If you want to start “Kraken” bass, here are the ins and outs of how to set up and use a drop shot rig. The drop shot is a great method for fishing all types of situations. I’ve fished numerous times where nothing else seemed to work. The drop shot is a great presentation to get tight lipped bass to bite! You will become a master at throwing a drop shot after reading this post. My hope is it will help you “krack” more fish.
Drop Shot Rig
Why the Drop Shot Rig Works
This is the ultimate rig for getting those finicky bass to bite. A drop shot puts the bait right at the bass’ eye level while the weight rests on the bottom. There are two main reasons why I feel this rig works so well. The first reason is a drop shot lets you keep your bait in one place, giving the bass plenty of time to get tempted into biting. The other reason I like a drop shot rig is it allows your soft plastic baits to have more action while they suspend off the bottom. Soft plastics just move differently when suspended in the water attached with lighter hooks. You can also get away with hooking your soft plastics differently on a drop shot. This can create just the right presentation to get a bass to eat your bait.
When to use the Drop Shot Rig
I have a simple algorithm I follow for deciding on when to throw a drop shot. If I’m fishing deep, nothing beats a drop shot for getting your bait down to the bottom fast. I also have found it performs better for me in clear water. Clear water bass are such visual feeders. The drop shot gets the bait to move in just the right way to get those clear water bass to bite. The other deciding factor for is if the bass aren’t very active. I’ve had the most success with a drop shot when the fish are in cold water temperatures during the months of late fall, winter, and early spring. Here is a picture of a solid Largemouth bass I caught fishing deep, clear, and cold water when the bass were slowing down for the year.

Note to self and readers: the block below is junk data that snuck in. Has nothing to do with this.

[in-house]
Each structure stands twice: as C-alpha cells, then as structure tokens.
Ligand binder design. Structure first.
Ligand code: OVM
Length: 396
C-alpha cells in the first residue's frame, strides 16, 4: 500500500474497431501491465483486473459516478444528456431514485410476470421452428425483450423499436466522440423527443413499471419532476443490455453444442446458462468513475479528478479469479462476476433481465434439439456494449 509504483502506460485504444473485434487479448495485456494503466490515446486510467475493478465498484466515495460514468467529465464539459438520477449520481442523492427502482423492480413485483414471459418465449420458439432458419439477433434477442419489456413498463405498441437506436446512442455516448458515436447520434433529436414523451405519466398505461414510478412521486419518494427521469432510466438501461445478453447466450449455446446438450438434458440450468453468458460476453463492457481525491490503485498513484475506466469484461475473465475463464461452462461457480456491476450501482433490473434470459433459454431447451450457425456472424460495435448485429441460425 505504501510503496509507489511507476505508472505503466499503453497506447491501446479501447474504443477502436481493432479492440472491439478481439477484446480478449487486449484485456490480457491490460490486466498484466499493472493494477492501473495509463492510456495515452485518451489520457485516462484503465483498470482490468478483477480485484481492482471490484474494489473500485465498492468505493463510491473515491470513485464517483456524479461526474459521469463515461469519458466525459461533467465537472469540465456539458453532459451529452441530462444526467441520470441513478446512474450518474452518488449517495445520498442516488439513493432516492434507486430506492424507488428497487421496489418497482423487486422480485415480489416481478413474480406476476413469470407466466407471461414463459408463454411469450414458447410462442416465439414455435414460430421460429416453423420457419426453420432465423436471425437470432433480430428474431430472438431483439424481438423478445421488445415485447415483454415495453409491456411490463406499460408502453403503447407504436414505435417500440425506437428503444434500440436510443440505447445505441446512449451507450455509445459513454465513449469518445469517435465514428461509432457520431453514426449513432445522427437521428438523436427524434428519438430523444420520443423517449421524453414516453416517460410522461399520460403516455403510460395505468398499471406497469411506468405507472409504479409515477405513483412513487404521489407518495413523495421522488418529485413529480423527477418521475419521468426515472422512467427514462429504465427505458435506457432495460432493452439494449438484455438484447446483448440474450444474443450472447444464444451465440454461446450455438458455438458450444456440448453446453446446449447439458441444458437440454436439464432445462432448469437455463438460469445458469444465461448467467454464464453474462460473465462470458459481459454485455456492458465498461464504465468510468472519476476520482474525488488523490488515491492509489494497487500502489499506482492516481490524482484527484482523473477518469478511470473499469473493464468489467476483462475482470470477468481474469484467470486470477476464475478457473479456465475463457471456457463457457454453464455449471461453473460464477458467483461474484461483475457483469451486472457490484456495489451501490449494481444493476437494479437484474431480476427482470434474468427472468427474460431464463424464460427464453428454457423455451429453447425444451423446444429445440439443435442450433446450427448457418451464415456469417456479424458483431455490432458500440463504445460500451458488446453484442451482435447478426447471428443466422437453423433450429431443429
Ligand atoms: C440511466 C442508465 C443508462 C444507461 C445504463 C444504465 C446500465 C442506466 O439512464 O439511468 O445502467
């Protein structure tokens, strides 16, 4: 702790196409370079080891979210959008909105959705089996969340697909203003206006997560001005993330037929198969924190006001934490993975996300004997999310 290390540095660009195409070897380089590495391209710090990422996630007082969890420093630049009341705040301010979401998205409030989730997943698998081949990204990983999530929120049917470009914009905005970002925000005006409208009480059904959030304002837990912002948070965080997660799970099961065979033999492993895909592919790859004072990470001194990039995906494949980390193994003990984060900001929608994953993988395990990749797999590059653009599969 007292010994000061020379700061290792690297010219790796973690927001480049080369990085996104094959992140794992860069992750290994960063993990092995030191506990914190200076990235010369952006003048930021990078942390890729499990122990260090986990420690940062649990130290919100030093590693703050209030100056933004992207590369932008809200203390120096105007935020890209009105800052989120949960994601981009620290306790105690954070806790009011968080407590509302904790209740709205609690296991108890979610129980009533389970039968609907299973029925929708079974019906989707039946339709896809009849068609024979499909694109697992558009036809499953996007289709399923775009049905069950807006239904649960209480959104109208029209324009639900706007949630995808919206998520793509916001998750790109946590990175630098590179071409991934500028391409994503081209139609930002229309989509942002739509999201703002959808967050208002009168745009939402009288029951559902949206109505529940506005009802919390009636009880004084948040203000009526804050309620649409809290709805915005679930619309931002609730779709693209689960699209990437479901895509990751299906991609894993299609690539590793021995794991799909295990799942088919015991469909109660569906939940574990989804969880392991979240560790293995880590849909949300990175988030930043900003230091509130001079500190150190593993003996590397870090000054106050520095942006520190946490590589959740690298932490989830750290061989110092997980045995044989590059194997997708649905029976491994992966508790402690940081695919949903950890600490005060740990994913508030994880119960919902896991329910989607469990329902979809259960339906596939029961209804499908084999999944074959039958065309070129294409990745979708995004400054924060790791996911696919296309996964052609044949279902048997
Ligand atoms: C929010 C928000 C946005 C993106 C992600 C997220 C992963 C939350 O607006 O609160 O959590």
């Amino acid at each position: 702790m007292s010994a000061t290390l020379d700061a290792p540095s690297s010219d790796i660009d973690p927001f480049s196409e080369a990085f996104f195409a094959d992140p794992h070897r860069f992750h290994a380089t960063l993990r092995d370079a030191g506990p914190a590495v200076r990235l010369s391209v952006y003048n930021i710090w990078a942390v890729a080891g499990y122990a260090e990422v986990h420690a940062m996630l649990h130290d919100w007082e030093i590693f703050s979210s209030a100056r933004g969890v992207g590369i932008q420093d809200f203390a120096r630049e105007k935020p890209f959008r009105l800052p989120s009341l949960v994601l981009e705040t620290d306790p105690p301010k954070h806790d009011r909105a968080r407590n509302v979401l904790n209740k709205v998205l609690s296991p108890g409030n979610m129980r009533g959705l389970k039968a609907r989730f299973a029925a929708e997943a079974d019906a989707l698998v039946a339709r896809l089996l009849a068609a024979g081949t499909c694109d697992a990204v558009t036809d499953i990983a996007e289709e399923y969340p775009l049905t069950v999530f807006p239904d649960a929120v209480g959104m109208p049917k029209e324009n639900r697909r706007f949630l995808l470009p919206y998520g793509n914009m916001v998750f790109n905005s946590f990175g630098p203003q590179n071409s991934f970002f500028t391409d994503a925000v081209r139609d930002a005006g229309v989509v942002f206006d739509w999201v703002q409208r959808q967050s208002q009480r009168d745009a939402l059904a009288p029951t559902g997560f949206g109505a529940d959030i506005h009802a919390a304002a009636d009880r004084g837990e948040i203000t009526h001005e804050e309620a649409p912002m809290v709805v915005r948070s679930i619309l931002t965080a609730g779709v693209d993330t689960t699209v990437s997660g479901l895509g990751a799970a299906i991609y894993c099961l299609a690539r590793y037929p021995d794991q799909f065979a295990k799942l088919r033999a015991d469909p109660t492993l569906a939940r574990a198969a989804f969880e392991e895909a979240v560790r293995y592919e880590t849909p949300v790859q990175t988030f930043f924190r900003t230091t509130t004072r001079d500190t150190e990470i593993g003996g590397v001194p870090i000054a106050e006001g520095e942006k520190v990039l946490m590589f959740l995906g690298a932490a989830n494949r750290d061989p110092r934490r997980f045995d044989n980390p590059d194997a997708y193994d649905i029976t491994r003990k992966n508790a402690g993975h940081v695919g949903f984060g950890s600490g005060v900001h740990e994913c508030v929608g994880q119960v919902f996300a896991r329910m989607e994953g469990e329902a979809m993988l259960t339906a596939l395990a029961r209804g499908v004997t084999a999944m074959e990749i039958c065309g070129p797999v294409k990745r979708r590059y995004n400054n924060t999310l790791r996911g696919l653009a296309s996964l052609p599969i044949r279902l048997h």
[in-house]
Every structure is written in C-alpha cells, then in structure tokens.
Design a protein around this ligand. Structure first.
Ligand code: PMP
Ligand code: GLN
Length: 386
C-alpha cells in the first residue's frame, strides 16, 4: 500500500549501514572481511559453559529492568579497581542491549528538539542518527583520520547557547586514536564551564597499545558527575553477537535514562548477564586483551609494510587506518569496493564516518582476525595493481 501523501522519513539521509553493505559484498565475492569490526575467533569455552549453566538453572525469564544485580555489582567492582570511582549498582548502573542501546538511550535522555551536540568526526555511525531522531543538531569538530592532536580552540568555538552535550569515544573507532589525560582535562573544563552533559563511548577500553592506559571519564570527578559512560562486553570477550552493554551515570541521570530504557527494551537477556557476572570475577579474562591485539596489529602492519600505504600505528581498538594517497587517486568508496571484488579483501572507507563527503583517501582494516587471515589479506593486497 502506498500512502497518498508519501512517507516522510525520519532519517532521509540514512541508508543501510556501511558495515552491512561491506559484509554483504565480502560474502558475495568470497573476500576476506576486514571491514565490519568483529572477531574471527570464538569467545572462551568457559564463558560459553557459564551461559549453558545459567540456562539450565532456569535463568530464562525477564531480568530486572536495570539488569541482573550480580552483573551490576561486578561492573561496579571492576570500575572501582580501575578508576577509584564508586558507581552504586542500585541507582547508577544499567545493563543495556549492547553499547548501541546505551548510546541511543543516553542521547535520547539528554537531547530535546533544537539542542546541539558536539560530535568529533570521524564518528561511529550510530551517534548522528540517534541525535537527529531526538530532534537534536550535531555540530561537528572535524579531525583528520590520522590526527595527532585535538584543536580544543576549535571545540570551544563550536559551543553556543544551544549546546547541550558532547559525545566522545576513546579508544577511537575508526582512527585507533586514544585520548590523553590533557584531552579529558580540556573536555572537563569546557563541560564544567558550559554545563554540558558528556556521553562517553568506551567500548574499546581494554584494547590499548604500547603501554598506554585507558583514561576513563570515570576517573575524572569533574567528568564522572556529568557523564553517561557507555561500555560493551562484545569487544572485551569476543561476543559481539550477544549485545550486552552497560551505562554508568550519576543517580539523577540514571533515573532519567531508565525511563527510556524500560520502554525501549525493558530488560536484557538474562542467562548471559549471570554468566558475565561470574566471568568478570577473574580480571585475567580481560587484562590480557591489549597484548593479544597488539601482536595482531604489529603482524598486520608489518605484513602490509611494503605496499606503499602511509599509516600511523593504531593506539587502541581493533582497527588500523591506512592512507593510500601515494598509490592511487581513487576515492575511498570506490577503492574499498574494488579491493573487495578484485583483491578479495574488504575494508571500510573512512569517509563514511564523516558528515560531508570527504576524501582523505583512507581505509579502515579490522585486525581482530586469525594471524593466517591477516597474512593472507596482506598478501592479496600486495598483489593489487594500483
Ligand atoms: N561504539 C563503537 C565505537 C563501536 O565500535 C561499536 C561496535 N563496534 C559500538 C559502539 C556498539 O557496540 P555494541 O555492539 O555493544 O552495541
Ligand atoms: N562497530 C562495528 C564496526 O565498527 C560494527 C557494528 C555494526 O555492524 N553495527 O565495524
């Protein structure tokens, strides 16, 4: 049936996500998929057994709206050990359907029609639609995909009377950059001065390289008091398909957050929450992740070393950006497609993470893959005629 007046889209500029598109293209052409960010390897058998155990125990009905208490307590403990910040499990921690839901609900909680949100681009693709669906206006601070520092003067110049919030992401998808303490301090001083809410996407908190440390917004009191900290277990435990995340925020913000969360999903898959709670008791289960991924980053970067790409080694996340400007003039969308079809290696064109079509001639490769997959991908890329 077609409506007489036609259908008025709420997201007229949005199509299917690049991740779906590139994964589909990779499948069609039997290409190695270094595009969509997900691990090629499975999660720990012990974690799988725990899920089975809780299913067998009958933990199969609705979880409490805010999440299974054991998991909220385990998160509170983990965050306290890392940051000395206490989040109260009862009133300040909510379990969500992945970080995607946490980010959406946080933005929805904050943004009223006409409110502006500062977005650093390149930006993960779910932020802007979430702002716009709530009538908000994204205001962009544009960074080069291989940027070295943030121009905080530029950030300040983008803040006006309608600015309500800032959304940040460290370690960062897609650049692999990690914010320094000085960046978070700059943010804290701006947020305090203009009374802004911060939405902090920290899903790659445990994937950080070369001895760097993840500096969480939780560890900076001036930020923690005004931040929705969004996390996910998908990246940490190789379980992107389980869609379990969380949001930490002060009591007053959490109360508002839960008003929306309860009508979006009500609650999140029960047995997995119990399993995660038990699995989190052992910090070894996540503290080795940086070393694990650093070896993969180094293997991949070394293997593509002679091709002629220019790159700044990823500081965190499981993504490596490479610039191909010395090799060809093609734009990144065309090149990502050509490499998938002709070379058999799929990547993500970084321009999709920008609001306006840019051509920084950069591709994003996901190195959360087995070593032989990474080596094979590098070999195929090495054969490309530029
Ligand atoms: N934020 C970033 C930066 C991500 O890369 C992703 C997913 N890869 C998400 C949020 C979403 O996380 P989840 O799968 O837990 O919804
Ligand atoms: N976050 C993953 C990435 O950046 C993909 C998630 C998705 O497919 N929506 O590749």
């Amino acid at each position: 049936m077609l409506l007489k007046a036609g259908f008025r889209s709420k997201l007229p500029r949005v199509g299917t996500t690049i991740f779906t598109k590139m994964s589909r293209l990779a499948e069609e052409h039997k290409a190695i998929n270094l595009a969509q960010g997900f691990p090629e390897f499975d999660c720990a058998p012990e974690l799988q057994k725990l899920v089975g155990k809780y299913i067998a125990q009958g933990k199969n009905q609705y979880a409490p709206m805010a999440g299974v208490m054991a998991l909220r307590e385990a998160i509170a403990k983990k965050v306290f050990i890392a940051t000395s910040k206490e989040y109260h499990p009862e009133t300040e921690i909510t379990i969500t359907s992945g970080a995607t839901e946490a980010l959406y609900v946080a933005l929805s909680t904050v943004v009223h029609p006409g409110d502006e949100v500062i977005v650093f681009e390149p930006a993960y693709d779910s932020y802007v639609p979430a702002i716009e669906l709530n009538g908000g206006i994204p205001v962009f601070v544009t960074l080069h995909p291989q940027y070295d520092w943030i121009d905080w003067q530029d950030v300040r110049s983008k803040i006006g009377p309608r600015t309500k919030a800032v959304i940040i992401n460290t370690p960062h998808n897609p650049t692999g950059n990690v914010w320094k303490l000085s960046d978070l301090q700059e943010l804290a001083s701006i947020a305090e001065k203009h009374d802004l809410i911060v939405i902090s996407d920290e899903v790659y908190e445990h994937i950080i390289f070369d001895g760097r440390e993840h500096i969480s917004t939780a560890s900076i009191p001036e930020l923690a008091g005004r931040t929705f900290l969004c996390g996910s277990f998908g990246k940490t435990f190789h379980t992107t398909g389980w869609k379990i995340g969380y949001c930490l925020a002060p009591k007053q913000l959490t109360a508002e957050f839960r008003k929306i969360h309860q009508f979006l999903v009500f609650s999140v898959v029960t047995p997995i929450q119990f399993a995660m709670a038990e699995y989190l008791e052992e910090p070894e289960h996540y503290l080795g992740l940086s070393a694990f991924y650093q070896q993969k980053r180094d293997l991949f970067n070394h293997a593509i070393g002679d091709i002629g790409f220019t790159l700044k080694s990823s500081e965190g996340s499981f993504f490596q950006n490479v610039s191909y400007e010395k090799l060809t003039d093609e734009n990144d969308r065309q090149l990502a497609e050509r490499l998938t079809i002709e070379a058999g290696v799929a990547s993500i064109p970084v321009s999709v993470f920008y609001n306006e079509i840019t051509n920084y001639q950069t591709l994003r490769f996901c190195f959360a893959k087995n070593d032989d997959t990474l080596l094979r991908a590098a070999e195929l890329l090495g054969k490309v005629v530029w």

How to use a Drop Shot Rig
The key to using a drop shot rig is to visualize what your bait is doing at all times. Let the weight drop to the bottom, then slowly pull up the slack in the line (making sure you can still tell the weight is on the bottom). With the weight on the bottom, and the line tight, your bait is suspended above the floor. Leave it there, shake your rod tip, or let your line go slack and pull it tight again. Vary your retrieve based on what you think the bass would like the bait to do. Keep your weight in one spot until you can’t stand it any longer, then move it to another spot. Some people actually like to just keep the drop shot rig straight up and down under the boat if you are fishing deep. Locate some fish on your fish finder and drop it right on top of them to see if you can get one to bite.
What you need:
I like to use 6 – 10lb fluorocarbon fishing line with a spinning rod & reel. You only need three more things to get rigged up with a drop shot on your rod.
- Drop Shot Weight: They make weights specifically designed to clip on your line. I personally prefer the slender weights because I feel they don’t get hung up on the bottom as much.
- Hook: I like to use a size 2 Gamakatsu drop shot hook, or a size 1 finesse Gamakatsu hook. You want something light, but strong to catch that bass when he bites.
- Soft Plastic Bait: The bait selection is endless for things to use on a drop shot. My all around favorite is the Jackall Crosstail Shad, but other popular baits are robo worms, and senko’s. Strike King makes a dream shot bait I also really like to use.
How to set up a Drop Shot Rig
Rigging this up isn’t as difficult as it seems. All you have to do is tie a palmor knot, and connect your weight on the tag end of the line. The biggest key is you must have your hook point facing up when you pull your line tight. Here is a crude and simple illustration I found on Pinterest to illustrate how to rig it up.
Hopefully, this information will get you crushing bass on a Drop Shot Rig. The drop shot is a solid fish catcher. It can be employed all year long to get those deep water bass to bite. Please share this post with others who are looking to improve their bass fishing, and thanks for reading!
There is nothing more fun than sharing the outdoors and the awesomeness of bas fishing.
Gear for Drop Shotting:
To get you drop shotting, here are some links where you can pick up all the gear mentioned above.
Gamakatsu Drop Shot/Split Shot Hook-6 Per Pack (Red, 2) Gamakatsu Finesse Wide Gap Hook-6 Per Pack (Black, 1/0)
Drop Shot Weight 1/4 oz. 3/8 Finesse Lead Drop Shot Weights Hand Poured (10 per pack)
Roboworm Straight Tail Worm Bait (Prizm Shad, 4 1/2-Inch) Strike King KVD Dream Shot Bait, Watermelon Red Flake, 4-Inch
Seaguar Abrazx 100% Fluorocarbon 200 Yard Fishing Line (6-Pound)
Rod & Reel:
Quantum Blu 40 Spinning Reel Wright and McGill Skeet Reese Drop Shor/Spil Shot Fishing Rod
A great post! Very useful for me,Thank you!
Great post,son 🙂